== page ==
In which Dr. Males de-cables the octopus (and more)

With cautious optimism, we are approaching the second ever MagAO-X ship date. It’s hard to believe that it has been 2.5 years since we last did this! The system has grown in complexity in the interim, gaining a spectrograph named VIS-X (P.I. Sebastiaan Haffert) as well as many new controllable degrees of freedom. (Always need more of those.)

We haven’t been sitting on our thumbs for the past two years. Our instrument has been moonlighting as a testbed for the phasing of the Giant Magellan Telescope, among other things. I’ll have to update our publications page in my copious free time.

Yesterday was the last day of lab operation of the instrument and the beginning of packing. I got some final tests of the computer system finished, the optics were covered for shipment, the glycol was purged from the cooling system, and we de-cabled the instrument from its electronics rack (which is traveling in its own crate).

Pictured (left to right): Who knows? They’re all wearing too many protective layers to be identified.
Not only do freezer bags protect the optics from dust, they also work for food storage! Wow!

In April of 2019, we were placing the 2040-actuator Boston Micromachines deformable mirror in MagAO-X for the first time, and Jared affectionately referred to the cables as “the octopus”. Well, the octopus has been firmly suctioned to the side of the electronics rack since we unpacked post-2019B, and it was time to detach it.

Another entry for my other blog, “Dr. Males Pointing At Things”.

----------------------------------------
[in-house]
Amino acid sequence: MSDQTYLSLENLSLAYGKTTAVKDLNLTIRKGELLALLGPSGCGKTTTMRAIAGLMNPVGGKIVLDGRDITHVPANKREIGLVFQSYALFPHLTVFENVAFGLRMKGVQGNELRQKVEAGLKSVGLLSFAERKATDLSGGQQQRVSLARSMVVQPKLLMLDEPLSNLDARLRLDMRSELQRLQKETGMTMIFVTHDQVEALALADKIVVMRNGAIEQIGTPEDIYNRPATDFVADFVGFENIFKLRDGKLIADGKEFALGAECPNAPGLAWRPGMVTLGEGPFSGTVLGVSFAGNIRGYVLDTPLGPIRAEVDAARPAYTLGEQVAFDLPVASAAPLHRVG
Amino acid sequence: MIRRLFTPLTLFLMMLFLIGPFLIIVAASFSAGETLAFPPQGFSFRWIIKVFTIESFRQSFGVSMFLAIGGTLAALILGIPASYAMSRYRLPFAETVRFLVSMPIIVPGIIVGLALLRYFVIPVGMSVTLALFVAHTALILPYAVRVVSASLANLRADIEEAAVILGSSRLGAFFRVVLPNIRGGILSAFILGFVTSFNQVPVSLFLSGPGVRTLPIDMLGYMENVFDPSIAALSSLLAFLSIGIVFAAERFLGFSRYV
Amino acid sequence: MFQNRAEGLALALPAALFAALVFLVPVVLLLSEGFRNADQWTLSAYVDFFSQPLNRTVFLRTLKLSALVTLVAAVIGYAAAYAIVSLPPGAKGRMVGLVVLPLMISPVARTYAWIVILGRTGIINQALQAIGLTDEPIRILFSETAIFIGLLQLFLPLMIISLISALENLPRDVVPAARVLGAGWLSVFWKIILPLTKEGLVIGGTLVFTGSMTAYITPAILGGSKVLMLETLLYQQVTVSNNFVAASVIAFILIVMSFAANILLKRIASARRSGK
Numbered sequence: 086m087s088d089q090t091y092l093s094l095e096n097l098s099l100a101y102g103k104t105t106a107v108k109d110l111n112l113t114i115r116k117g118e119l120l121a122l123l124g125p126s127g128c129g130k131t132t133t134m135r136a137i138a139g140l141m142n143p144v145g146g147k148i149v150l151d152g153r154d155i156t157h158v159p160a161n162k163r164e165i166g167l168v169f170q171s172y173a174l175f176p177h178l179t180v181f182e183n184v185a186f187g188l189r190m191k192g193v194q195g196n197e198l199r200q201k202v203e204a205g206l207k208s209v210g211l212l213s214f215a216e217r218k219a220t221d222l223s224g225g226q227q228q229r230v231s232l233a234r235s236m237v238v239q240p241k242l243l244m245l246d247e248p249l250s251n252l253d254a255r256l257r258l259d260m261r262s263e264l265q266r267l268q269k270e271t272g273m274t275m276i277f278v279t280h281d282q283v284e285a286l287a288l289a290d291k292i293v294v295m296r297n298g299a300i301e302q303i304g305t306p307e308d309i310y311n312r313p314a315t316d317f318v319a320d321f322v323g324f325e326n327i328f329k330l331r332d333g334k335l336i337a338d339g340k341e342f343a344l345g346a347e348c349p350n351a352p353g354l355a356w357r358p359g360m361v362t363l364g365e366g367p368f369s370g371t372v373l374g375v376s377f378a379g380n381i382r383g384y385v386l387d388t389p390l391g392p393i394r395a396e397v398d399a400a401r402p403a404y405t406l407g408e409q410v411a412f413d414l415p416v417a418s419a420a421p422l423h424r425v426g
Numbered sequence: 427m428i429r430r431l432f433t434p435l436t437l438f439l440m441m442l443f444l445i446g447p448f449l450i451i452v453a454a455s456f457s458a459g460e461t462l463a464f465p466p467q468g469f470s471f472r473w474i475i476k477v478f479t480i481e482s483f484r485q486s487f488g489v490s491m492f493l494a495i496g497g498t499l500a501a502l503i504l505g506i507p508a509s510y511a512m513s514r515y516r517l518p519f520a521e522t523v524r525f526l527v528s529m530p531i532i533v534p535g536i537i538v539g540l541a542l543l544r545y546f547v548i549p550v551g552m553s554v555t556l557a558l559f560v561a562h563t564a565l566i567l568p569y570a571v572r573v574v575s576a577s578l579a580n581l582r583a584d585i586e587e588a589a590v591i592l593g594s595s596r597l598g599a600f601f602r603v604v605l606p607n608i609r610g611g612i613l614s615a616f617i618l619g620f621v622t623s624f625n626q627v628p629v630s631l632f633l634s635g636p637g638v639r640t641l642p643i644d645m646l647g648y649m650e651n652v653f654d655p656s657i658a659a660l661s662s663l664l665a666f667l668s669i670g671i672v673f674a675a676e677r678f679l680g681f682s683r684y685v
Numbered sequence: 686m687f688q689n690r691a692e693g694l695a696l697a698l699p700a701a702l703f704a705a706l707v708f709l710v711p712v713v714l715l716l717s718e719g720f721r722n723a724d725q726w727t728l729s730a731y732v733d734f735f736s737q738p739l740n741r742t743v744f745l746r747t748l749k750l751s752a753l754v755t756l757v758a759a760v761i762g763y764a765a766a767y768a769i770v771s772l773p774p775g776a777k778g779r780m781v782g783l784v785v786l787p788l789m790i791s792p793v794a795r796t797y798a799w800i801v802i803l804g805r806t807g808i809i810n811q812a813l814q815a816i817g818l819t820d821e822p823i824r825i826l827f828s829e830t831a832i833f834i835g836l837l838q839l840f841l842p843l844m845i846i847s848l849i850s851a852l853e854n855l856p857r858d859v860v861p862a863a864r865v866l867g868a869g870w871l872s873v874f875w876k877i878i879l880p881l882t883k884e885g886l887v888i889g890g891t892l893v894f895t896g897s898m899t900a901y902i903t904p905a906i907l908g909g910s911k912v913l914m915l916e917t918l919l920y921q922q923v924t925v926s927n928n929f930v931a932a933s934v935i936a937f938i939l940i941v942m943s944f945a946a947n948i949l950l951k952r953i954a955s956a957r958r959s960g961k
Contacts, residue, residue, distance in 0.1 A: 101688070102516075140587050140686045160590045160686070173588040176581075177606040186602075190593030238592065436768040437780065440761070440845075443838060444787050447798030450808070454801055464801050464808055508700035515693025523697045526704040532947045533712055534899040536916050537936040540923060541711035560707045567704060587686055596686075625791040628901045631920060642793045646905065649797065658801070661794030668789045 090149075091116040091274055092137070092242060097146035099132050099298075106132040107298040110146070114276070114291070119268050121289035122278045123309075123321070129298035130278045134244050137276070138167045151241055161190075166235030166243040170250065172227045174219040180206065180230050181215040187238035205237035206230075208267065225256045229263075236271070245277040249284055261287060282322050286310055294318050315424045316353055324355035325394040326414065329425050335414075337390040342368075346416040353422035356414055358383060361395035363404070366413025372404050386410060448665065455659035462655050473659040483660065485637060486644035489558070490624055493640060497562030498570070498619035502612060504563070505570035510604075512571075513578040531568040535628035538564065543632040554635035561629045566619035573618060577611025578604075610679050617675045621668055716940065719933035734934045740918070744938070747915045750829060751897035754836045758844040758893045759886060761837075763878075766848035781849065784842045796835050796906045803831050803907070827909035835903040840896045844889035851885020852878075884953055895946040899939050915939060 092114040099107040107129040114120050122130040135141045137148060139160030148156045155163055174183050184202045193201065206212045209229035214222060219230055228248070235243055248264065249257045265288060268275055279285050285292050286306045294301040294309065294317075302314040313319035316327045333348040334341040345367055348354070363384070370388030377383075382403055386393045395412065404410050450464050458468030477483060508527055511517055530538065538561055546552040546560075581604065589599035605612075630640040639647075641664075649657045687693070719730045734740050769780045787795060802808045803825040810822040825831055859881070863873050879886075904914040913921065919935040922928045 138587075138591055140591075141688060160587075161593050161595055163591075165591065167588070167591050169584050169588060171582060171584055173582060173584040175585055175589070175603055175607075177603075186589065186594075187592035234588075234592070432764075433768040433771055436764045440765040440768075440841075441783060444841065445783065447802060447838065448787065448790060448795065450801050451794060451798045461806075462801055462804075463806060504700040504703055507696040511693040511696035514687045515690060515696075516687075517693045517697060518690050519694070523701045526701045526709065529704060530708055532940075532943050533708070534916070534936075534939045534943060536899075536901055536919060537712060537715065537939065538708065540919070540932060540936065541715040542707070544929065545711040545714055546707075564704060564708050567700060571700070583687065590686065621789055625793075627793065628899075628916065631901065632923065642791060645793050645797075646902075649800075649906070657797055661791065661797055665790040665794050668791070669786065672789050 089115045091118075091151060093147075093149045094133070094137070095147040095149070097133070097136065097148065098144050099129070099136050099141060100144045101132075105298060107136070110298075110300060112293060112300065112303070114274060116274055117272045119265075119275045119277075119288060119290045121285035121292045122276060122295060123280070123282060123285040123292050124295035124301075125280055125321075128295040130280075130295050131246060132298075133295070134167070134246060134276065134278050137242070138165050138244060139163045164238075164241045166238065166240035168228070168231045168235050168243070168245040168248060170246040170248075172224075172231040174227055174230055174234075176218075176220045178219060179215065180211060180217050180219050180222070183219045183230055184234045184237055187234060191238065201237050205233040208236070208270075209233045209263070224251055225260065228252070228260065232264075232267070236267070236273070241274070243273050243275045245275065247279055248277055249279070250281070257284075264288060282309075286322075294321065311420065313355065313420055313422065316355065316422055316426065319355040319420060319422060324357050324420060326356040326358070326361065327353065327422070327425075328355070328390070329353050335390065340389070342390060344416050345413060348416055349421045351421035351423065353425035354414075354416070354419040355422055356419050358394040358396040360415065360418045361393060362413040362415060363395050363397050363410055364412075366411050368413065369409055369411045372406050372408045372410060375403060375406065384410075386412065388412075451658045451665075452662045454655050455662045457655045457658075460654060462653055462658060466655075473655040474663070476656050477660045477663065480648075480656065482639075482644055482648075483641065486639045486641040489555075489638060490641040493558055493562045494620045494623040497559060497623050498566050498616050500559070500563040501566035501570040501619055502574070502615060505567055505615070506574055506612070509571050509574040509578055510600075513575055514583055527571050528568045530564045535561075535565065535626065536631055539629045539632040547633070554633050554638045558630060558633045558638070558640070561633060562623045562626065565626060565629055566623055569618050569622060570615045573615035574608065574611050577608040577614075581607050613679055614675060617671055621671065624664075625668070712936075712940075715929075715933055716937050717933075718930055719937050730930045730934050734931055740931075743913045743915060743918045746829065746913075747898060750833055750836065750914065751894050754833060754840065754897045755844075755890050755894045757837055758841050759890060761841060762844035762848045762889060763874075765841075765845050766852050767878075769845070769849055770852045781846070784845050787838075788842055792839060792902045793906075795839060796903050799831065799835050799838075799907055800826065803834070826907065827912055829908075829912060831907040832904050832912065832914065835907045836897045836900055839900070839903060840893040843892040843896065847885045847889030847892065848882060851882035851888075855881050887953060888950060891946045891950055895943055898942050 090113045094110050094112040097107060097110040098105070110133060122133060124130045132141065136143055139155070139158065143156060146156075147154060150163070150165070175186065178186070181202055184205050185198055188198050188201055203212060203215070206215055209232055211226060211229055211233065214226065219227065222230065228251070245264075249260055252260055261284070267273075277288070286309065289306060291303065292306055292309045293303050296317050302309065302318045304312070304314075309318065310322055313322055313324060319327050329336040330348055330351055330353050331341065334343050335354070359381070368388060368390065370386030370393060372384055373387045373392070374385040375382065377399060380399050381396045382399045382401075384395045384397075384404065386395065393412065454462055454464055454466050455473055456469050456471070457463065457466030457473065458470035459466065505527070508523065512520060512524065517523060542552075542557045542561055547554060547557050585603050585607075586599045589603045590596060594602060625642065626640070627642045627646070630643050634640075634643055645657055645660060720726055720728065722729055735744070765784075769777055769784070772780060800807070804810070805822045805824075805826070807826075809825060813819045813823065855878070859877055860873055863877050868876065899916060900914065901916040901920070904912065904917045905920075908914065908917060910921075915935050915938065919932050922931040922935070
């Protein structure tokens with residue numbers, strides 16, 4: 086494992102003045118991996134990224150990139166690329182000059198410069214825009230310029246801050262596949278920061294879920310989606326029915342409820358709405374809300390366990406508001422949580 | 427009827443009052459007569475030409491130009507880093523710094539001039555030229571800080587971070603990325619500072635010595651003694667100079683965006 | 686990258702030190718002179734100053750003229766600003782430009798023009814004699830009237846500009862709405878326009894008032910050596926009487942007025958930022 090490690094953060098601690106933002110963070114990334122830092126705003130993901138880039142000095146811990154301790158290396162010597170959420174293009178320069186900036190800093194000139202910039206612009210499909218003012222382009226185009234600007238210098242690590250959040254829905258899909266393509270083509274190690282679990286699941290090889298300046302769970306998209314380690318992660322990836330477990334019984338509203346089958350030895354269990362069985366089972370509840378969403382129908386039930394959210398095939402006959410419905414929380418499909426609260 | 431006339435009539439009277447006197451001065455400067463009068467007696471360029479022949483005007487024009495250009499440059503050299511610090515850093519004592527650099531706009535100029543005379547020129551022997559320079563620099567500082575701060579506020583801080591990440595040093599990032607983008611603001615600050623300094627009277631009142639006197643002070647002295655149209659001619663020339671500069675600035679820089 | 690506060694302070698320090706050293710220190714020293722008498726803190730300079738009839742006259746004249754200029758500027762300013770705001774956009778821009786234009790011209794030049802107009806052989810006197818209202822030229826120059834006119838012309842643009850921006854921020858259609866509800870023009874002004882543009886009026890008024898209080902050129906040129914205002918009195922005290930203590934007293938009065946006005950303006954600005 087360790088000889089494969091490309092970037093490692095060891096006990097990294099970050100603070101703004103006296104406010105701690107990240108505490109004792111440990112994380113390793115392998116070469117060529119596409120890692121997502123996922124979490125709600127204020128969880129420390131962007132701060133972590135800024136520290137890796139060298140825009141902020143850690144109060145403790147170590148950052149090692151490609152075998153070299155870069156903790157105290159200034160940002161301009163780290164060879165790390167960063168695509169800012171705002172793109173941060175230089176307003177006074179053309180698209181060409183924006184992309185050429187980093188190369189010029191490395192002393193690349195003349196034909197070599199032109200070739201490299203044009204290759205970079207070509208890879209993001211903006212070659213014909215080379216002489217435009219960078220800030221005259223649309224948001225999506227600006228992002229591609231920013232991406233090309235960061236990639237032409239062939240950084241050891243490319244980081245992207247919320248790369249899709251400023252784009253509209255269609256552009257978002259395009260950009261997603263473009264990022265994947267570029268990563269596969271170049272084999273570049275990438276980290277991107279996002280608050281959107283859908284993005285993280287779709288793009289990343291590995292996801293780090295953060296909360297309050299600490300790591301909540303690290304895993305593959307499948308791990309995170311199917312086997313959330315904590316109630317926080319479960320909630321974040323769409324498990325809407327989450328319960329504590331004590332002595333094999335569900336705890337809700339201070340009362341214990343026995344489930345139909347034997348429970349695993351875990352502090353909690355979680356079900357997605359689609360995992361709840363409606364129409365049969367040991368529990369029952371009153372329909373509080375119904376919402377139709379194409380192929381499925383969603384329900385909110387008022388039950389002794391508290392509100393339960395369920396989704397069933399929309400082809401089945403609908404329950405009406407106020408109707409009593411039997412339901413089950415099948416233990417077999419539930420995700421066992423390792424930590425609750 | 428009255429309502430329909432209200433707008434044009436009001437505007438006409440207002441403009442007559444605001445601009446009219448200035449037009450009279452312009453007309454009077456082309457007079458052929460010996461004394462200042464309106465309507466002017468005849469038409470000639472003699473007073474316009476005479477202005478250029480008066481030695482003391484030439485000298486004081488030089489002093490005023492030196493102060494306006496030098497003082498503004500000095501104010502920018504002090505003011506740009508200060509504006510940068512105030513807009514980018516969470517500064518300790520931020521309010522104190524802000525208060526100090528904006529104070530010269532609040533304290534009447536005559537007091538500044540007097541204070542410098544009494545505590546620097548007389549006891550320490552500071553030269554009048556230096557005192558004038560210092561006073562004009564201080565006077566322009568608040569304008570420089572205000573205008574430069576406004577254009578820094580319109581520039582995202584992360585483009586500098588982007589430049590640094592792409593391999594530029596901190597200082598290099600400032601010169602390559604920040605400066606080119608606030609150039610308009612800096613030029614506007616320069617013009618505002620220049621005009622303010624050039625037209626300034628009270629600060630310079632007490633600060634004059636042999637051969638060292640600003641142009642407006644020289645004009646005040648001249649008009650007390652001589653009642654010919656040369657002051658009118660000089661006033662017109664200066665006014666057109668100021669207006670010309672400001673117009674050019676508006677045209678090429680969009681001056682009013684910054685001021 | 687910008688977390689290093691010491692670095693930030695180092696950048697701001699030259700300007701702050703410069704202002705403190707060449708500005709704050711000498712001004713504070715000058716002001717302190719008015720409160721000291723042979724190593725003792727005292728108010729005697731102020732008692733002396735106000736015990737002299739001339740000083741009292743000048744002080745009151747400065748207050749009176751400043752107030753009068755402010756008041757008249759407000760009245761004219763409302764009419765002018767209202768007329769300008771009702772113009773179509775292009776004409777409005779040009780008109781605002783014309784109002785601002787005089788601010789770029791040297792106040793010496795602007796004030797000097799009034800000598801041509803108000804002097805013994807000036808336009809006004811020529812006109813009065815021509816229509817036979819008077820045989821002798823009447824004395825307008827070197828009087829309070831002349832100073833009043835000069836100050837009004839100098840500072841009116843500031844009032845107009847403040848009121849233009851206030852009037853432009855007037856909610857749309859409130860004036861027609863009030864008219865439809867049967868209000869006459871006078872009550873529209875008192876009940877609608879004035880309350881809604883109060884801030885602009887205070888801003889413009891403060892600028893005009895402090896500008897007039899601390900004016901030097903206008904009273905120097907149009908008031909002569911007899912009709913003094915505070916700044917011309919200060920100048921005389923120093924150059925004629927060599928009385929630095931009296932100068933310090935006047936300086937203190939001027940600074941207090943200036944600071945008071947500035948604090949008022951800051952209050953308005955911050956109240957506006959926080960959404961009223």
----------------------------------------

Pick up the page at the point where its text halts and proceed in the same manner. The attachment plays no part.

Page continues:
This delicate work involved many layers of protective equipment: masks, currently a requirement for existing in the world; bootie shoe covers, a requirement for entering the lab; hairnets and gowns, a requirement for entering the cleanroom tent; and electrostatic discharge protection, a requirement for handling the delicate MEMS deformable mirror cabling.

Our electronics rack has been growing new cables and hoses and equipment for 2.5 years without its doors and side panels in place. So, when we tried to put those on, we found they didn’t fit. Much like me after a period of pandemic isolation, its clothes didn’t fit right any more.

Rather than buying it a new outfit, we made some alterations. We sculpted the styrofoam insulation, adding pockets where needed. (Everyone loves clothes with pockets.)

Pictured: Dr. Jared Males and Dr. Sebastiaan Haffert sculpting the styrofoam. (The assistance of dissertated graduate student Jennifer Lumbres, arts and crafts lead of the 2019B run, was sorely missed.)

This time, fortunately, the metal tape we used did not taste blood.

By this time next week, we may still need to hedge our predictions for the 2022A run… but we’ll know for certain whether MagAO-X itself is going to Chile!

Song of the Day

Your song of the day is “Future Starts Slow” by The Kills.

“Future Starts Slow” – The Kills